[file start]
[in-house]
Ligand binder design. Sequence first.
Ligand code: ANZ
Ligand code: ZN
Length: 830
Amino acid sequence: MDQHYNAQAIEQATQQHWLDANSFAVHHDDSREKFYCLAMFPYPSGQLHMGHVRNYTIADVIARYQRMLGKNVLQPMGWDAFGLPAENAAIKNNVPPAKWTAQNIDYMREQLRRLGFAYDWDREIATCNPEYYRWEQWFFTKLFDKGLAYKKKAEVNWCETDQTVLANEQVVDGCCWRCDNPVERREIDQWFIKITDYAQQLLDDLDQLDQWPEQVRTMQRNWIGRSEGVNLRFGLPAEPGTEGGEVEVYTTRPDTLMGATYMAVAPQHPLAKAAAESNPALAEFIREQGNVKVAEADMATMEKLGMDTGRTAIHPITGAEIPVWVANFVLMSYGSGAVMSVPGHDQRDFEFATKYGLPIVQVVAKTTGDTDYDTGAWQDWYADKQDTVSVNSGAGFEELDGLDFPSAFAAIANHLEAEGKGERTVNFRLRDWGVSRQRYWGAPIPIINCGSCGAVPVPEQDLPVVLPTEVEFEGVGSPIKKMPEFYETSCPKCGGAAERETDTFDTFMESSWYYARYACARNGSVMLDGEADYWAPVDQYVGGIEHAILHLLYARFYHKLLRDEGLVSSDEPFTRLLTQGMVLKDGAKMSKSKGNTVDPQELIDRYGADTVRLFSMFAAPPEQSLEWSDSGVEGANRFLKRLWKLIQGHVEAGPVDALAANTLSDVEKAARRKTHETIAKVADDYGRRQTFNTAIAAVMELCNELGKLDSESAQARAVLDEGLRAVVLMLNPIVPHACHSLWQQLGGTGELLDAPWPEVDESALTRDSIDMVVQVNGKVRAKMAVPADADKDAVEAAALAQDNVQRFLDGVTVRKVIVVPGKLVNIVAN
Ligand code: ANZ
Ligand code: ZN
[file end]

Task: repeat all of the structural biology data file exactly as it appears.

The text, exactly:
[in-house]
Ligand binder design. Sequence first.
Ligand code: ANZ
Ligand code: ZN
Length: 830
Amino acid sequence: MDQHYNAQAIEQATQQHWLDANSFAVHHDDSREKFYCLAMFPYPSGQLHMGHVRNYTIADVIARYQRMLGKNVLQPMGWDAFGLPAENAAIKNNVPPAKWTAQNIDYMREQLRRLGFAYDWDREIATCNPEYYRWEQWFFTKLFDKGLAYKKKAEVNWCETDQTVLANEQVVDGCCWRCDNPVERREIDQWFIKITDYAQQLLDDLDQLDQWPEQVRTMQRNWIGRSEGVNLRFGLPAEPGTEGGEVEVYTTRPDTLMGATYMAVAPQHPLAKAAAESNPALAEFIREQGNVKVAEADMATMEKLGMDTGRTAIHPITGAEIPVWVANFVLMSYGSGAVMSVPGHDQRDFEFATKYGLPIVQVVAKTTGDTDYDTGAWQDWYADKQDTVSVNSGAGFEELDGLDFPSAFAAIANHLEAEGKGERTVNFRLRDWGVSRQRYWGAPIPIINCGSCGAVPVPEQDLPVVLPTEVEFEGVGSPIKKMPEFYETSCPKCGGAAERETDTFDTFMESSWYYARYACARNGSVMLDGEADYWAPVDQYVGGIEHAILHLLYARFYHKLLRDEGLVSSDEPFTRLLTQGMVLKDGAKMSKSKGNTVDPQELIDRYGADTVRLFSMFAAPPEQSLEWSDSGVEGANRFLKRLWKLIQGHVEAGPVDALAANTLSDVEKAARRKTHETIAKVADDYGRRQTFNTAIAAVMELCNELGKLDSESAQARAVLDEGLRAVVLMLNPIVPHACHSLWQQLGGTGELLDAPWPEVDESALTRDSIDMVVQVNGKVRAKMAVPADADKDAVEAAALAQDNVQRFLDGVTVRKVIVVPGKLVNIVAN
Ligand code: ANZ
Ligand code: ZN